Drew Stafford is back, and this time it's for good.
The Buffalo Sabres recalled their rookie forward Monday, two days after sending him to Rochester because he wouldn't fit under the salary cap. The cap disappears in the postseason, so that means Stafford won't. He has shuttled back and forth to the Americans numerous times because of the Sabres' cap woes.
"Obviously, I'm fortunate to get a chance to stick around up here," Stafford said in the Amherst Pepsi Center. "I'm going to take advantage of that opportunity and try to play as well as I can and help the team out wherever they want me to play."
Bringing back Stafford was a no-brainer for the Sabres, despite the fact it leaves them with only one more recall while Rochester is still playing (they can freely summon minor-leaguers on an emergency basis if injuries strike). Stafford was the NHL's Rookie of the Month in March and finished the regular season with 13 goals and 14 assists in 41 games.
"He played very well for us, and we really felt that he can be an important piece of our puzzle," Sabres coach Lindy Ruff said. "He's played very well at both ends of the rink, and he's shown a lot of maturity."|
Stafford was one of just seven Sabres to skate Monday, as the rest appeared only for a 10-minute meeting to set the team's postseason rules. The rookie has fit in well on two scoring lines, meshing with centers Chris Drury and Derek Roy at different junctures, and he'll likely find out today where he'll be skating when the playoffs start Thursday.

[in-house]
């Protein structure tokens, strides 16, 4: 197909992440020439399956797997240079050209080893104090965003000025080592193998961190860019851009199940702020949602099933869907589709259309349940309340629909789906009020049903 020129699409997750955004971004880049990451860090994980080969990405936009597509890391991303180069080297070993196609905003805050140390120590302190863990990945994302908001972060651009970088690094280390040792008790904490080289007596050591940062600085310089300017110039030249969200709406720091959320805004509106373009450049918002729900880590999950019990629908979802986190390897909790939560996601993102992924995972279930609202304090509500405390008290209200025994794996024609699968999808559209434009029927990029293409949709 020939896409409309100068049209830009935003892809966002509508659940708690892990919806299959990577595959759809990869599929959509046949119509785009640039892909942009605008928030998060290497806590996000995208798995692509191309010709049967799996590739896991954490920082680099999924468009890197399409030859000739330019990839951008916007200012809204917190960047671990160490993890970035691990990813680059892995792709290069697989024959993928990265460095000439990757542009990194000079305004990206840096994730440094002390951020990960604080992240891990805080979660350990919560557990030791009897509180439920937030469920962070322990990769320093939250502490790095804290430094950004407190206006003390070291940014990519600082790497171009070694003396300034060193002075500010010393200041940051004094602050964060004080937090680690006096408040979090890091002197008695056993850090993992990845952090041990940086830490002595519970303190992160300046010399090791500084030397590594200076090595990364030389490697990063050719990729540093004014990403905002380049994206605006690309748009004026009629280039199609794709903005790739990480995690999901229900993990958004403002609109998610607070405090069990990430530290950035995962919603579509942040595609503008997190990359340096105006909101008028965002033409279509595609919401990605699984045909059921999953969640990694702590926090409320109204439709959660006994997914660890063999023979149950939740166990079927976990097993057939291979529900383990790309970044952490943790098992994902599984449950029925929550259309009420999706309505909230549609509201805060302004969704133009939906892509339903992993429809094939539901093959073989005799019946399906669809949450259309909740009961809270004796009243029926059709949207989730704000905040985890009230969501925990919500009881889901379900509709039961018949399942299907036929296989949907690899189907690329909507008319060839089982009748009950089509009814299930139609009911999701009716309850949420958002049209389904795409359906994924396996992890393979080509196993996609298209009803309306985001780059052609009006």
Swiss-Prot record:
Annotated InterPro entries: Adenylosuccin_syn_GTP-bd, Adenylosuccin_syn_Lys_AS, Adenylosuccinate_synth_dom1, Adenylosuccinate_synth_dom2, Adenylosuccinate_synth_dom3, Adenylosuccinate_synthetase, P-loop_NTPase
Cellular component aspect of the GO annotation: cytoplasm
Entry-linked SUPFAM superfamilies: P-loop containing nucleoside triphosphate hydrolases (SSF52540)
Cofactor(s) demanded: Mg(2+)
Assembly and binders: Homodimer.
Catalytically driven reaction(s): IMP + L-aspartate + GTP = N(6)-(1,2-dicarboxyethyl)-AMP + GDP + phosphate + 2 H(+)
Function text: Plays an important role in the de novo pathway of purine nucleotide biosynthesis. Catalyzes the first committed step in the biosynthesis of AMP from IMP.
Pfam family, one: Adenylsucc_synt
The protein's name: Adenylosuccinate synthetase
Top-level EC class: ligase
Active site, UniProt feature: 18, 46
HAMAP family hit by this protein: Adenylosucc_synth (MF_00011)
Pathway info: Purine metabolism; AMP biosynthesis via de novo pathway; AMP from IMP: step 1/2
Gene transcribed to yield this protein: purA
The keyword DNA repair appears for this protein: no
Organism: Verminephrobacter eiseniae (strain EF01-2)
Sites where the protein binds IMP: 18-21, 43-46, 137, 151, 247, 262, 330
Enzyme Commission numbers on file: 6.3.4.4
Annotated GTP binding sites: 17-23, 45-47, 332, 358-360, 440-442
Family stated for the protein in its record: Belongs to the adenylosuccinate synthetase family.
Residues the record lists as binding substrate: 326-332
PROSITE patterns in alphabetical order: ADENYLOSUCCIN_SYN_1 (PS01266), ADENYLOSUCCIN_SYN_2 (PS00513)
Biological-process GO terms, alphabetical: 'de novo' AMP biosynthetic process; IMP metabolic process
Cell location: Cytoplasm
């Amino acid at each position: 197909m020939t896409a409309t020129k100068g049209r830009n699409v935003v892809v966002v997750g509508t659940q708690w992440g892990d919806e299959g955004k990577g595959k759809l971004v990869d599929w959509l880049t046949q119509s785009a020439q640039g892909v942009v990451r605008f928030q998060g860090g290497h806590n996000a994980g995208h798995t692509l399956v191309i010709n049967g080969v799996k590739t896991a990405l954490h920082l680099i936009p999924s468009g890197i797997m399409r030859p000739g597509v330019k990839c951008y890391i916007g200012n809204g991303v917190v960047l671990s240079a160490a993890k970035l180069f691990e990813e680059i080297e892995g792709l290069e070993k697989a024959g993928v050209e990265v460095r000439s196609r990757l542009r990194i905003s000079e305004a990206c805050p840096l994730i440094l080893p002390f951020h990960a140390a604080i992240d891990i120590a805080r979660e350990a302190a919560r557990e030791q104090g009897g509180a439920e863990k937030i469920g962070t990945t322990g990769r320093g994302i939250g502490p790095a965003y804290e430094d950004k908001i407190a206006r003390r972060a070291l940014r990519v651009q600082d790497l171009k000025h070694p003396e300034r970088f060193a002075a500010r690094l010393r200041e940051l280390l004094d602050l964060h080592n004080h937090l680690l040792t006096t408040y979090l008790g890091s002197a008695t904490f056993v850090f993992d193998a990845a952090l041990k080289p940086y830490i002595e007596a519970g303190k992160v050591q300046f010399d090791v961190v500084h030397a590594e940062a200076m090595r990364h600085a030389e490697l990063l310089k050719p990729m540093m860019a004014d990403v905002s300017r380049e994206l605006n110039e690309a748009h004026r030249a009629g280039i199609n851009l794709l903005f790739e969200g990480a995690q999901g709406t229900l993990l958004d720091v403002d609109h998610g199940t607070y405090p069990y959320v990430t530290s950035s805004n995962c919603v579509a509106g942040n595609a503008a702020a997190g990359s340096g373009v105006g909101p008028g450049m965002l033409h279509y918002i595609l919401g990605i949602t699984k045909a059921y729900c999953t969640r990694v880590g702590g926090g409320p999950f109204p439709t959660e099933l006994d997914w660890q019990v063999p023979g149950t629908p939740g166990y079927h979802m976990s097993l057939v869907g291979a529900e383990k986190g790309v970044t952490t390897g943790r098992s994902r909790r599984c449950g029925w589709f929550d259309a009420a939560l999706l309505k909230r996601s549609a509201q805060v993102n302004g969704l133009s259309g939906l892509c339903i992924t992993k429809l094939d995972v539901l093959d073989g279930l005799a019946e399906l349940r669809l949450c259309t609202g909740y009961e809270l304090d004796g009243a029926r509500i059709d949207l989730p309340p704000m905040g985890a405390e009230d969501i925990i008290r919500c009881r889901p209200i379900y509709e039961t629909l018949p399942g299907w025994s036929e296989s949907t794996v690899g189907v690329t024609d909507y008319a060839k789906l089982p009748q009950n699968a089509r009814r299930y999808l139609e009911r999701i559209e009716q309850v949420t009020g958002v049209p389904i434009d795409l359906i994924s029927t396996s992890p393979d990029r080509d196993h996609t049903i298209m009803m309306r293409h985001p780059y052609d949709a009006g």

"I'm preparing myself to be ready to play whatever kind of role they want me to play," said Stafford, a first-year pro who's eager to experience postseason intensity. "I couldn't tell you firsthand what it's like. I'm just basing it on what I've seen and what the guys are telling me when they talk about. I'm ready. I'm ready for it."
There is talk from hockey purists -- especially those in Toronto -- that a playoff position should not be decided by a shootout. The Sabres will face the New York Islanders rather than the Maple Leafs in the first round because the Isles picked up two points Sunday in the fan-friendly extra session.
Oh well, says Ruff.
"The other teams could have done something about it before then," he said. "They knew that shootouts were going to be important during the year -- a point here, a point there -- and it doesn't bother me. It's part of our game. I think it's something that the fans really enjoy. I have never been a real big fan of the shootout, but I think the game needs that kind of excitement."
Though wary of the Islanders, co-captain Daniel Briere is happy it's not the Leafs because the Sabres are assured of home-ice advantage when they're in HSBC Arena. Games with Toronto often turn the foot of Main Street into Air Canada Centre South.
"That's the worry if we would have played the Maple Leafs, you don't know in our building how it was going to go," Briere said. "So I'm excited to start the series and just see the craziness in our fans' eyes again before the game or in the game or after the game."
The Uptown Girl will have her hands full with a vampire and an FBI agent during the Sabres-Islanders series.
NHL.com has launched celebrity blogs for the playoffs, and three of the writers will be watching this matchup. David Boreanaz, the Buffalo native best known for his television work as Angel on "Buffy the Vampire Slayer" and the spin-off "Angel," will be tracking the Sabres, as will William Fichtner, who was raised in Buffalo and stars as Special Agent Alexander Mahone on Fox's "Prison Break."
The Islanders have a backer in supermodel Christie Brinkley, former wife of Long Islander Billy Joel, who penned the song "Uptown Girl" about her. Coincidentally, the Sabres vacated HSBC Arena for the Amherst Pepsi Center today and Monday because Joel has a concert downtown tonight.
Martin Biron's pads were barely dry from beating his former team Sunday when he signed on to do television work. The Philadelphia netminder and former Sabre has agreed to be a playoff analyst for TSN, the Canadian version of ESPN.